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Figure 7 Radiological examination of bilateral feet showing terminal tuft erosions.

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  Discussion Top

Systemic sclerosis is a multisystem autoimmune connective tissue disease of unknown etiology [6] characterized by generalized vascular involvement that results in tissue ischemia and secondary fibrosis. There are two main types: limited and diffuse. Very few cases of concomitant psoriasis and systemic sclerosis have been reported [7],[8],[9], with the largest series in the literature involving only three cases [9],[10]. Of particular interest is the study by Harrison et al. [10], in which the prevalence of psoriasis in patients with systemic sclerosis was 5.3%. Some authors have suggested that the two entities may share a common genetic and immunologic basis [9],[10] and although the HLA DRw52 serotype has been associated with both systemic sclerosis and psoriasis, studies have failed to establish an HLA pattern in patients with both diseases. There are few possible explanations for this observation. First, it may have occurred by chance. Second possible explanation is that the two conditions may share a common etiology. A link between psoriasis and autoimmunity is suggested by higher-than-expected prevalence of ANA in patients with psoriasis. It has been suggested that both psoriasis and autoimmune diseases including systemic sclerosis may result from a common underlying defect in the immune system. It is therefore interesting to note that both conditions share certain pathological features, such as dermal inflammation, abnormalities of vascularization, acroosteolysis, and possibly abnormalities of the nailfold capillaries. As vascular abnormalities are seen in both these diseases, it can be considered that several cytokines released following vascular injury may play a role in their induction. Thus, such case of association of psoriasis with collagen vascular disorder especially systemic sclerosis is rare, and this case has been reported because of its rarity.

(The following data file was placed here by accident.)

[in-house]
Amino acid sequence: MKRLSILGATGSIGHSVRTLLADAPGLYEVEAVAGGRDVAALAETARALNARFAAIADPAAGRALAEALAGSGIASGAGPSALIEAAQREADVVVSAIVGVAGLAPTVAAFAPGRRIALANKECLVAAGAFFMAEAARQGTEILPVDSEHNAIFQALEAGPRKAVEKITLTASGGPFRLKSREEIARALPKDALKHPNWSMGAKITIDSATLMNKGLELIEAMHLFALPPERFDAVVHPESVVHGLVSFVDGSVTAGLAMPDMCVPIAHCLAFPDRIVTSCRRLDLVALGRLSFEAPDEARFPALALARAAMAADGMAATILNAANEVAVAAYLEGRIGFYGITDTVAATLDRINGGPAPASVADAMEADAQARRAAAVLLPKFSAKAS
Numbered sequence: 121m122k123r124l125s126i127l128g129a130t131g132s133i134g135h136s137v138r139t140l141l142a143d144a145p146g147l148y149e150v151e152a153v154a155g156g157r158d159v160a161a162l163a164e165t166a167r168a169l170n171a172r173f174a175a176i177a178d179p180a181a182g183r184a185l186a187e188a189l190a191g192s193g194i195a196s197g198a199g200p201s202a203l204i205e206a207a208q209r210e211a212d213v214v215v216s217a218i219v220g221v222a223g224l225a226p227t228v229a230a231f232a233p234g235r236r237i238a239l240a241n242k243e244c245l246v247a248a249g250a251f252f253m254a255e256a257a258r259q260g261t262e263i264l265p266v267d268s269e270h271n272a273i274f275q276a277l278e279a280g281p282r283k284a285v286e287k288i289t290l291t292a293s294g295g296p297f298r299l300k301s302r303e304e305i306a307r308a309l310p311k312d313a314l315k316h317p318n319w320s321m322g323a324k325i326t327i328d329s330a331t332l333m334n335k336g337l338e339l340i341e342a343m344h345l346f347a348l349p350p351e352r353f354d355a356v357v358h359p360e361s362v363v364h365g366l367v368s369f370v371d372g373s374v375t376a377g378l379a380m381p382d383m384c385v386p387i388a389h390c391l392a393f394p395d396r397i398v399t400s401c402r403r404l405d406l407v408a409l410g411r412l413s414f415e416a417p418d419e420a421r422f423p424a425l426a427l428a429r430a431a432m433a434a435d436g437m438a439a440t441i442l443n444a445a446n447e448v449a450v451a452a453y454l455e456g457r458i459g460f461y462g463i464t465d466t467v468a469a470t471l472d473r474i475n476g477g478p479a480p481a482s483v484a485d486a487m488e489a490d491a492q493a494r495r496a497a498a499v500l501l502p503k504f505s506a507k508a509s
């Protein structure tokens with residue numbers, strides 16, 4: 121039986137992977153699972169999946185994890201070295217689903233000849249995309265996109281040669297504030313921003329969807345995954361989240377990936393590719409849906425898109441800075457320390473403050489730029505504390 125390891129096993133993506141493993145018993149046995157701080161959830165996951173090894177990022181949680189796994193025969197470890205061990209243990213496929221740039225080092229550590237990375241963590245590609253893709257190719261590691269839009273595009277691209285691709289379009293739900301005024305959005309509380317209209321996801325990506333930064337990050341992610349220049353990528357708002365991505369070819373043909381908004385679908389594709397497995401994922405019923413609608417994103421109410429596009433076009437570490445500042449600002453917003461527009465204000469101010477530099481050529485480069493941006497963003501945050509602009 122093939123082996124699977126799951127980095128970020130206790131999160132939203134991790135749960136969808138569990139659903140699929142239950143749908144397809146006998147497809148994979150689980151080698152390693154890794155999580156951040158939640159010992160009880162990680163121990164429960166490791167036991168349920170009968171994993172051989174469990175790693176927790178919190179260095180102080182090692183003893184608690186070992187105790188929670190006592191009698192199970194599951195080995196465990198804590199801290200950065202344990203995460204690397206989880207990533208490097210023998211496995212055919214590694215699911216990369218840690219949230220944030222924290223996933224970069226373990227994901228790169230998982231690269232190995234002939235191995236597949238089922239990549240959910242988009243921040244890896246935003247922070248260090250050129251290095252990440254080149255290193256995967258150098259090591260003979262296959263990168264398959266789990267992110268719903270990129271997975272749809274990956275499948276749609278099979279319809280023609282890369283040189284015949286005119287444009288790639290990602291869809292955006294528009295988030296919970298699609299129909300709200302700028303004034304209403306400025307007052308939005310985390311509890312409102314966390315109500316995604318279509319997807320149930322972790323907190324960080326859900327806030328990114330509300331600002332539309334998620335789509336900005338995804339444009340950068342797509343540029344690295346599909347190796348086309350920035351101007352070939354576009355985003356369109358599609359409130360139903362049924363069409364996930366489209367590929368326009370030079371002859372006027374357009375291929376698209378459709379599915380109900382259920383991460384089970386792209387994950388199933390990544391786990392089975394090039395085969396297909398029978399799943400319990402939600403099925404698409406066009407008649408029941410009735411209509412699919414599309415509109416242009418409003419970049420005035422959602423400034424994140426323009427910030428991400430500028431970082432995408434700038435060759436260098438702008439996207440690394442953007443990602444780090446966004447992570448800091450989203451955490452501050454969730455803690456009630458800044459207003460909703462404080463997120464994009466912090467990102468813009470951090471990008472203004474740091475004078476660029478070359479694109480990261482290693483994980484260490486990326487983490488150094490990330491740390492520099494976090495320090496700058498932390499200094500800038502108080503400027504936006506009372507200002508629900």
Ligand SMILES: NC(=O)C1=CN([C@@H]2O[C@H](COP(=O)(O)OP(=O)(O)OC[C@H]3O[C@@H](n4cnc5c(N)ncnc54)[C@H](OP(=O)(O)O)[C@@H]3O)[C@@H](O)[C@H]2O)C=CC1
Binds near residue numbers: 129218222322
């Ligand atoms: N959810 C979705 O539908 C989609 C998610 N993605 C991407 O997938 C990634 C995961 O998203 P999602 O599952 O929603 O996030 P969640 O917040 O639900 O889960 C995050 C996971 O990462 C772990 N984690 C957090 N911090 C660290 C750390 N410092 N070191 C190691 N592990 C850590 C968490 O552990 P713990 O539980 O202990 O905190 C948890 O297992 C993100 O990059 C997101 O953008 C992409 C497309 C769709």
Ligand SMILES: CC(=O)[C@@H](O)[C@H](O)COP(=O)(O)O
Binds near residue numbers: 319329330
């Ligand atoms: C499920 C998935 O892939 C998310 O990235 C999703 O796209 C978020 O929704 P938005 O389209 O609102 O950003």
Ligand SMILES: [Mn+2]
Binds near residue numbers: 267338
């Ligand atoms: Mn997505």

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Conflicts of interest

There are no conflicts of interest.

  References Top

Krieg T, Meurer M. Systemic sclerosis.Clinical and pathophysiologic aspects. J Am Acad Dermatol 1998; 18:457–481.  Back to cited text no. 1
LeRoy EC, Black C, Fleischmajer R, Jablonska S, Krieg T, Medsger TA Jr, Rowell N, Wollheim F. Scleroderma (systemic sclerosis): classification, subsets and pathogenesis. J Rheumatol 1988; 15:202–205.  Back to cited text no. 2
Arbiser JL. Angiogenesis and the skin: a primer. Am Acad Dermatol 1996; 34:486–497.  Back to cited text no. 3
Pedraz J, Daudén E, Psoriasis I. Etiopatogenia, clínica y diagnostic. Manual de Dermatología. Madrid: Aula Médica; 2010. 171–184  Back to cited text no. 4
Wolf K, Goldsmith LA, Katz SI, Gilchrest BA, Paller AS, Leffell DJ. Fitzpatrick’s dermatology in general medicine. 7th ed. USA: The McGraw Hill companies; 2009. 2402.  Back to cited text no. 5
Costner M, Grau R. Update on connective tissue diseases in dermatology. Semin Cutan Med Surg 2006; 25:207–220.  Back to cited text no. 6
Korotkii NG, Sharanova GI, Udzhukhu V, Antonova NA, Panchenko MA. A case of severe form of psoriasis and systemic scleroderma. Vestn Dermatol Venerol 1984; 5:48–49.  Back to cited text no. 7
Khamaganova IV. Association of scleroderma and psoriasis. Vestn Dermatol Venerol 1986; 6:66–68.  Back to cited text no. 8
Yamamoto T, Katayama I, Nishioka K. A rare association of systemic sclerosis with psoriasis vulgaris. J Dermatol 2000; 27:346–349.  Back to cited text no. 9
Harrison B, Herrick A, Griffiths C. Psoriasis and diffuse systemic sclerosis: a report of three patients. Rheumatology (Oxford) 2000; 39:213–215.  Back to cited text no. 10


  [Figure 1], [Figure 2], [Figure 3], [Figure 4], [Figure 5], [Figure 6], [Figure 7]